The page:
In the 6th century, and in the centuries to follow, resident monks had to painstakingly carve paths in the cliffside to create an irrigation system from scratch. Today, the spring is appropriately called ‘David’s Tears.’
Additionally, you can also see little holes they dug out to better walk up and down the slippery rock. From afar, they look like footsteps imprinted by a mythical giant.
Atop the Mountain
Arriving at the top of the hill, I took in the stunning panoramic views of the surrounding landscape. But I was far from alone. At the top with me were other tourists cheerfully snapping selfies, groups of Georgian nationalists chanting political slogans, and armed soldiers from both Georgia and Azerbaijan keeping careful watch over the situation.
While part of the David Gareja complex belongs to Azerbaijan, Georgians argue that the entirety of the monastery had been theirs for centuries. Unfortunately, the conflict seems largely due to the Soviet Union’s total disregard for history, cultural heritage and ethnicity when marking the borders between Soviet republics.
Though the USSR is no more, Azerbaijan remains adamant about holding onto the land it had been previously awarded, including the Udabno Monastery and chunks of historical Armenia (though that’s a different story for another time).
As Azerbaijan is a majority Muslim nation, Georgians can’t understand why the government won’t simply grant them the remainder of David Gareja in a land swap. But according to Azerbaijan, the land was once controlled by Caucasian Albania (no relation Balkan Albania), modern Azerbaijan’s predecessor.
I walked past the ‘Chapel of Resurrection,’ outside of which more people were starting to gather, and made my way across the ridge of the mountain. From here I was rewarded with breathtaking views of two countries at once. And during my trek, I couldn’t help but recall another ancient mountaintop temple at the heart of a border dispute, Preah Vihear.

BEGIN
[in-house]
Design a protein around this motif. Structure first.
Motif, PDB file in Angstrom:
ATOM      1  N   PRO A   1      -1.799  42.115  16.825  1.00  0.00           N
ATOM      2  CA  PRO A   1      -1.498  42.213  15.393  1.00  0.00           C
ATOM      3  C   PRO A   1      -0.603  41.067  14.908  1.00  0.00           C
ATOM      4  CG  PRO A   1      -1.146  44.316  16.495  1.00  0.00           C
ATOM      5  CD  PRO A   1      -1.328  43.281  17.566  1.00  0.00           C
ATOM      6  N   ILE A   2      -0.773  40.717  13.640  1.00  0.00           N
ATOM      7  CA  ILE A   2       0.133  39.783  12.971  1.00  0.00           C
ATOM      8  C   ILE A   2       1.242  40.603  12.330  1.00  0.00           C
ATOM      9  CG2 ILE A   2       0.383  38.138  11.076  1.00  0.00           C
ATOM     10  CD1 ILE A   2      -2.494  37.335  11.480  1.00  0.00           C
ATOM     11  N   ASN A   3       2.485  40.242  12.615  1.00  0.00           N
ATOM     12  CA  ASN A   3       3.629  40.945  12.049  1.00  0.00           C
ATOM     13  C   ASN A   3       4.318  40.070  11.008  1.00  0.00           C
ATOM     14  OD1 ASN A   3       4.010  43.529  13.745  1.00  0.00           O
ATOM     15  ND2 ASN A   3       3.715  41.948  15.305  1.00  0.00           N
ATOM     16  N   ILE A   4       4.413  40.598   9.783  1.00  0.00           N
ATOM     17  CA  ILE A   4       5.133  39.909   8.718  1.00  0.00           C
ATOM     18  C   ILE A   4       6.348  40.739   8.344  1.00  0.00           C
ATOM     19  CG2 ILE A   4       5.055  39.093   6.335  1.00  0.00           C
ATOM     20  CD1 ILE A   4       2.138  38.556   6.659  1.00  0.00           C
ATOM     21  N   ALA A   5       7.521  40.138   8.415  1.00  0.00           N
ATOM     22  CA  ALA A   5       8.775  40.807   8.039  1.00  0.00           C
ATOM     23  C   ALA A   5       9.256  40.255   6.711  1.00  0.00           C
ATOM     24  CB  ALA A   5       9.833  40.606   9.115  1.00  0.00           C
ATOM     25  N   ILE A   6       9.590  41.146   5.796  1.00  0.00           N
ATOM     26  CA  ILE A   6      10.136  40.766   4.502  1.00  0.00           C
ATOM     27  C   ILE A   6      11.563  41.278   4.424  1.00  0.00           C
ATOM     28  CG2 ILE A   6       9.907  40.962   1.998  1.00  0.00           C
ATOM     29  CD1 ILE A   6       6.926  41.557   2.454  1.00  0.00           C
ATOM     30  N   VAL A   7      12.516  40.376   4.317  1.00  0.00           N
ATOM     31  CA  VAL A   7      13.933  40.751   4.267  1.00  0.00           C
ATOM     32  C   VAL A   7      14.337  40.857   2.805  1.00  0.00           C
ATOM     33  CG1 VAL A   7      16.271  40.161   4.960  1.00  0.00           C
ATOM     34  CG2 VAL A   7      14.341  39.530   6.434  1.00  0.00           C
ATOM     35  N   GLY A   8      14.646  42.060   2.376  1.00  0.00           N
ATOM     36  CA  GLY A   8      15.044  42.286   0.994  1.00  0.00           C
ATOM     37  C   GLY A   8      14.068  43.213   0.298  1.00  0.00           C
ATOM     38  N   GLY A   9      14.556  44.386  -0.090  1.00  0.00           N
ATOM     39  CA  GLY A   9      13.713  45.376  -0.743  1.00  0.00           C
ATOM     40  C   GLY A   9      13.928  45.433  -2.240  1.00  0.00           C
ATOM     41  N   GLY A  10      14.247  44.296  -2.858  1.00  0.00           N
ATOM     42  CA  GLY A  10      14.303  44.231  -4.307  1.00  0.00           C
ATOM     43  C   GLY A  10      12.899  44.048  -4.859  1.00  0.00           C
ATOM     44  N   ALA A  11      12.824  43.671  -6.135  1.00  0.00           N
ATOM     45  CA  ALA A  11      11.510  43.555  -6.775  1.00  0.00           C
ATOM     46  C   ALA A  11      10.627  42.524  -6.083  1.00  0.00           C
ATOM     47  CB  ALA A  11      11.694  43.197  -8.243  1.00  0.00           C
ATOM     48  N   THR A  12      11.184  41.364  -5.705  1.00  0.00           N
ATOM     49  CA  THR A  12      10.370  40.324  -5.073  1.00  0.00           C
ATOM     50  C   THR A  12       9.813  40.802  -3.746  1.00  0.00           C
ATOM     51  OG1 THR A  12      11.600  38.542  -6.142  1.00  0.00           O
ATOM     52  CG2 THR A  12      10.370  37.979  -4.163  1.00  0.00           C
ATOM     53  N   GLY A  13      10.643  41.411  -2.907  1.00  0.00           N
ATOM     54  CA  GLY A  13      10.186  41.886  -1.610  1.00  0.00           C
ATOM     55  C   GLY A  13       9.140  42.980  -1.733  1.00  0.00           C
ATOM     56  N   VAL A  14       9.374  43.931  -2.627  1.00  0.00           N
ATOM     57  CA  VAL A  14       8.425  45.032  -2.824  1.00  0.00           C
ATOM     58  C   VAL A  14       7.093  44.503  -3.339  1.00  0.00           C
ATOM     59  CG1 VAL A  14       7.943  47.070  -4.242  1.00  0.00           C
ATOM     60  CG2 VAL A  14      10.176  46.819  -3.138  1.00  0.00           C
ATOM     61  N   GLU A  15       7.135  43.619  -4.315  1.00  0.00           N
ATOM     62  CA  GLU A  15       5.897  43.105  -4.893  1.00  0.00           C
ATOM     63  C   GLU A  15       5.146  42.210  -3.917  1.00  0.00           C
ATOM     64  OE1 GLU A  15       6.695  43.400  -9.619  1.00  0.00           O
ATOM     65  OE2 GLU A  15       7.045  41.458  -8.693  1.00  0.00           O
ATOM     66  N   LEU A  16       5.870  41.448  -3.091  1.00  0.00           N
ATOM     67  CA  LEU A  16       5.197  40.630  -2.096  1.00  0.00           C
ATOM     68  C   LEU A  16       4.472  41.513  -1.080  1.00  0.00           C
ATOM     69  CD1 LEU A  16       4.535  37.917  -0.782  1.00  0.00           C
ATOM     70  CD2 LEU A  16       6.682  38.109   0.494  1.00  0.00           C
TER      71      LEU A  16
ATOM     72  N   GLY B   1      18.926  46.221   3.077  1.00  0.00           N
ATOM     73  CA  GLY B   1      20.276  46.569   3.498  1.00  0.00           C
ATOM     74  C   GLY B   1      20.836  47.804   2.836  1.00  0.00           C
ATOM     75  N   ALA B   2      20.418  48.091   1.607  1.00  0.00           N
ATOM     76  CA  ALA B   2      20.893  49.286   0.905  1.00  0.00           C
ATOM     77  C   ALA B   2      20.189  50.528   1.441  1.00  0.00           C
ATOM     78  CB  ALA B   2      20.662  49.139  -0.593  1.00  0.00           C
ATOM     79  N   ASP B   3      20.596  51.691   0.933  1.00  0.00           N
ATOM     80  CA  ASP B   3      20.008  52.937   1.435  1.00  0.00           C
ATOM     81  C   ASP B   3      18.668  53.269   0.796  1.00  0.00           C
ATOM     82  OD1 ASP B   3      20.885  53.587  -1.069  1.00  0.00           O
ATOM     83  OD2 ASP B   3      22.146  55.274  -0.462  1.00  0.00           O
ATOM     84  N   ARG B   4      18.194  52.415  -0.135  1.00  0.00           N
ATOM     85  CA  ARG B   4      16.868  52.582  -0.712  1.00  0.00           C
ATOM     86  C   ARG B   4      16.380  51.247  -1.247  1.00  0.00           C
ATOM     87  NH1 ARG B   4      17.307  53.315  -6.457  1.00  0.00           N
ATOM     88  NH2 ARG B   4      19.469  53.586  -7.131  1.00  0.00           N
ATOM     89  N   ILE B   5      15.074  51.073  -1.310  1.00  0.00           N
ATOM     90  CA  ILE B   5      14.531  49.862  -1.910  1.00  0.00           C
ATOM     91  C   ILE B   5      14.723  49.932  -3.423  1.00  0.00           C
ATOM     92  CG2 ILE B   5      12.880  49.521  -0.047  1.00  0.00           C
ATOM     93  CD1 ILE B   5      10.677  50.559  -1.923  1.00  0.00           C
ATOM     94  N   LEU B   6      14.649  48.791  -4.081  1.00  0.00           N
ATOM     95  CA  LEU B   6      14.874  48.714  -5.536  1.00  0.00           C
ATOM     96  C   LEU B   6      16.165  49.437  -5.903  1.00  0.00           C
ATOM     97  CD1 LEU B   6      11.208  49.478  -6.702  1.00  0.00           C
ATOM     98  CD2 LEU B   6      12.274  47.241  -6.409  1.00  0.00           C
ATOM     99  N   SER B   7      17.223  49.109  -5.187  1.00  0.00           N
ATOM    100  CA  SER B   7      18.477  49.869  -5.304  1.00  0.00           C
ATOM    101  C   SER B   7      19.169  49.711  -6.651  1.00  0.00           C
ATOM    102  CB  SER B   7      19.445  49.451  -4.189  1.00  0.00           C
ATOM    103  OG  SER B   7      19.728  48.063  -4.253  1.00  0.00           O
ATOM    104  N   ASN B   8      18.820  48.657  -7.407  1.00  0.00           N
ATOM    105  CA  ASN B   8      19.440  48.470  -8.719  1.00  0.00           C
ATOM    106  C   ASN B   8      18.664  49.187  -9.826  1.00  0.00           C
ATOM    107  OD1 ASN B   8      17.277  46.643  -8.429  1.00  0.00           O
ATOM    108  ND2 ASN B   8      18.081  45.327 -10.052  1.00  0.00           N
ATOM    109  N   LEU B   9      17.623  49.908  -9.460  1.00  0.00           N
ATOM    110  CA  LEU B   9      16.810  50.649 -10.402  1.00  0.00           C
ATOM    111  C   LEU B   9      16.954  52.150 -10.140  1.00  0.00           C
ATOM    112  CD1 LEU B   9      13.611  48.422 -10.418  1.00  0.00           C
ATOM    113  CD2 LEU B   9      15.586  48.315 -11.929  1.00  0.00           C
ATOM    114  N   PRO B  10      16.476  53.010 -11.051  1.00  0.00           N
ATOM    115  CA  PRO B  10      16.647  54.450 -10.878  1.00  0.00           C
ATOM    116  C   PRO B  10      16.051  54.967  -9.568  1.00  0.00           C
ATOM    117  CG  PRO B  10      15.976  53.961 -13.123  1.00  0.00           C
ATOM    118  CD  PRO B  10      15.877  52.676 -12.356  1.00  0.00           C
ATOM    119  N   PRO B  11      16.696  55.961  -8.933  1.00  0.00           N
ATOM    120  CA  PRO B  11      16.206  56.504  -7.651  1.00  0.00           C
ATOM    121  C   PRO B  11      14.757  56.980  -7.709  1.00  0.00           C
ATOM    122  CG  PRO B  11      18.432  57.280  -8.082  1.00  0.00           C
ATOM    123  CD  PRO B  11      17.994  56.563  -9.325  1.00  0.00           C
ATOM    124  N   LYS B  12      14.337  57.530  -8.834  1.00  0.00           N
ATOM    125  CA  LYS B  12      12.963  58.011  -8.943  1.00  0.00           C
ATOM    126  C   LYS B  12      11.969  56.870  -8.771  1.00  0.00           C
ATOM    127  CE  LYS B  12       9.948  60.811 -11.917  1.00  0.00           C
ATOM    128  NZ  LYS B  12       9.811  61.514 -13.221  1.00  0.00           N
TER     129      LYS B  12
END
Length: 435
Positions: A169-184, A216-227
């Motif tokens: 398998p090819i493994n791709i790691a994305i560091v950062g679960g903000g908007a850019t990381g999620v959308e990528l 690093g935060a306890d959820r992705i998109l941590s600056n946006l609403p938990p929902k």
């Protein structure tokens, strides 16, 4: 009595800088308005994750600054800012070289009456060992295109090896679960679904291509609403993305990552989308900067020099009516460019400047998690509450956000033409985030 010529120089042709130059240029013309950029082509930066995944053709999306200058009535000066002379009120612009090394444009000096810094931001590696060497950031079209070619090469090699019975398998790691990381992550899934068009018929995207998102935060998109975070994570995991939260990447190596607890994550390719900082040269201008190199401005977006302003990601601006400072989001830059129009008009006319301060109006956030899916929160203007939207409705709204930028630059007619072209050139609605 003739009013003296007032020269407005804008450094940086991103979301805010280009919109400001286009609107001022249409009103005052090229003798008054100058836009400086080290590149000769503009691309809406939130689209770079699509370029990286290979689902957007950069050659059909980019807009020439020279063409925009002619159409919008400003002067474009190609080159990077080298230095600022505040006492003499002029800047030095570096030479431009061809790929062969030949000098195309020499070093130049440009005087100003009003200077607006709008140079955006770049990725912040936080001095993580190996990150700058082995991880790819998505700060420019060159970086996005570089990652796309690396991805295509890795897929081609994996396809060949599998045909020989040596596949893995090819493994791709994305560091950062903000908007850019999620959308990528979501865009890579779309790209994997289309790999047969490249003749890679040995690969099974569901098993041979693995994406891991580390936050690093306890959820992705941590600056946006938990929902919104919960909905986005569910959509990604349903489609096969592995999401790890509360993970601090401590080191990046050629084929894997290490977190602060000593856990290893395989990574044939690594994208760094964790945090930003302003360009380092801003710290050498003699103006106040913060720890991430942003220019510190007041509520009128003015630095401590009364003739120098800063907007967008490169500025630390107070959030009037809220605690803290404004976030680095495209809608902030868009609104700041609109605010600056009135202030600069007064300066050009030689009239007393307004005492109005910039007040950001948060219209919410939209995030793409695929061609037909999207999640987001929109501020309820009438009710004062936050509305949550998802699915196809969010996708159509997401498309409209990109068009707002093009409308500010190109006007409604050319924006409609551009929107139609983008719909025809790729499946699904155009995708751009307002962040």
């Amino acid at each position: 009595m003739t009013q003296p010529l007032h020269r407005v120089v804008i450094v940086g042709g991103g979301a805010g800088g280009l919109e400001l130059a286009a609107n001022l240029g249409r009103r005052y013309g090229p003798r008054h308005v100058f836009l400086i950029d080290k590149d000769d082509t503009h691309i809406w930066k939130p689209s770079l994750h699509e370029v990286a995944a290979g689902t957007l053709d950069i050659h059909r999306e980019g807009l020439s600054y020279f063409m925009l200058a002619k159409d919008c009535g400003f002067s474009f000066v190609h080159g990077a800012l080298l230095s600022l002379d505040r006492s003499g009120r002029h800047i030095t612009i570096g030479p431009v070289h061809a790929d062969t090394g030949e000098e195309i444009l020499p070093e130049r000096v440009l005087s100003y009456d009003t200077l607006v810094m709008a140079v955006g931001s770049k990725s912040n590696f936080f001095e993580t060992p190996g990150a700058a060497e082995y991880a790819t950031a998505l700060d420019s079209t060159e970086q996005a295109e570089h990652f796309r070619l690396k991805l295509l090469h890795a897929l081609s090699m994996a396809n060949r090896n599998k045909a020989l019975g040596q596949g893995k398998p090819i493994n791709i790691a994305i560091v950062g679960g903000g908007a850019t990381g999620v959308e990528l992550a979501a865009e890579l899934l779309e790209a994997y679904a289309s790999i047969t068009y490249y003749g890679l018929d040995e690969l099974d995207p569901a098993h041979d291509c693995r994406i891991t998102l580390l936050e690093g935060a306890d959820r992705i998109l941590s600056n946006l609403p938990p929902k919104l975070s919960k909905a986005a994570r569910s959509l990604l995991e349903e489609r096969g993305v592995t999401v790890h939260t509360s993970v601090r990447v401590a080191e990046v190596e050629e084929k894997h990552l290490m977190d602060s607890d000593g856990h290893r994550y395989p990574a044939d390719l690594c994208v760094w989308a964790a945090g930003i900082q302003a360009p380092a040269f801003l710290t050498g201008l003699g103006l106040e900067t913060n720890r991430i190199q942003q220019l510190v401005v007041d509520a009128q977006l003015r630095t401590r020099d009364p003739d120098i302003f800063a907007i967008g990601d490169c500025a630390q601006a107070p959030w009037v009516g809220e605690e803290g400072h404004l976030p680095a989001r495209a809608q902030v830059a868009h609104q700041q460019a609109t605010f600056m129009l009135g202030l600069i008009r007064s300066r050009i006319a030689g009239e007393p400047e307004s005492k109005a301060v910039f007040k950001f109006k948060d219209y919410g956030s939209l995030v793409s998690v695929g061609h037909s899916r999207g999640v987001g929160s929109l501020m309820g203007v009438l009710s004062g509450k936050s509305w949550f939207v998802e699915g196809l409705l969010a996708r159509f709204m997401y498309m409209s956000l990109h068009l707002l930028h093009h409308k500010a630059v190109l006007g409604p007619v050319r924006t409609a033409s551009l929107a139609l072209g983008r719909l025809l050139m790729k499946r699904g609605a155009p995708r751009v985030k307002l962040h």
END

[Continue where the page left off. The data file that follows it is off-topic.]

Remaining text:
Eventually, I reached an area where a group of Georgian soldiers were casually smoking cigarettes seated atop some rocks. Clearly, I couldn’t proceed any further, and at some point I’d missed the caves of Udabno.
Fortunately, the helpful soldiers pointed me in the right direction. Walking down the path, which descended and curved around to the other side of the mountain, I suddenly received an SMS on my phone: ‘Welcome to Azerbaijan.’
The Udabno Monastery
Construction of the Udabno Monastery began a few centuries after the establishment of Lavra. From the 8th-10th centuries, dozens of caves were carved out of the sandstone cliffside. The monks would heat the rock with fire before pouring water over it, causing the rock to expand and split.
Thanks to its colorful frescos, many of which are one of a kind, Udabno is widely regarded as the most important section of the David Gareja Cave Monastery. But even after surviving both Mongol and Persian sackings, they barely made it out of the 20th century.
As the area somewhat resembles Afghan terrain, Soviet troops used the monastery as training grounds for their war there. Sadly, parts of the Udabno Monastery were permanently damaged (seemingly deliberately so) during the drills. And training at the spot only came to a halt due to fervent protests by enraged citizens.
Surprisingly, however, following the collapse of the Soviet Union, Georgian troops themselves used the area for training. Yet again, an uproar put an end to the practice, but not until the year 1997. With all things considered, the Azerbaijani government should at least be commended for taking good care of Udabno, even designating it as a cultural heritage site.
The frescoes of Udabno remain some of the finest surviving examples of medieval Georgian art. In addition to numerous Biblical scenes, many important Georgian historical figures have been immortalized in the works.
Many of the frescoes date back to the 13th and 14th centuries. And they remain in pretty good condition considering the circumstances, both natural and historical.
During my explorations, I encountered well over a dozen caves. Many of the more interesting ones took some effort to reach, and there are many more trails around the area than first meets the eye. Considering how many of the caves aren’t even visible from the main path, there were surely lots more that eluded me.
The caves ranged from humble single-room dwellings to elaborate structures large enough to fit small congregations. Most other visitors that day had already finished exploring Udabno by the time I got there, meaning I had them mostly to myself. I couldn’t help but wonder what life would’ve been like living in such an unusual and isolated location. But it’s unlikely that the monks would’ve ever tired of the view.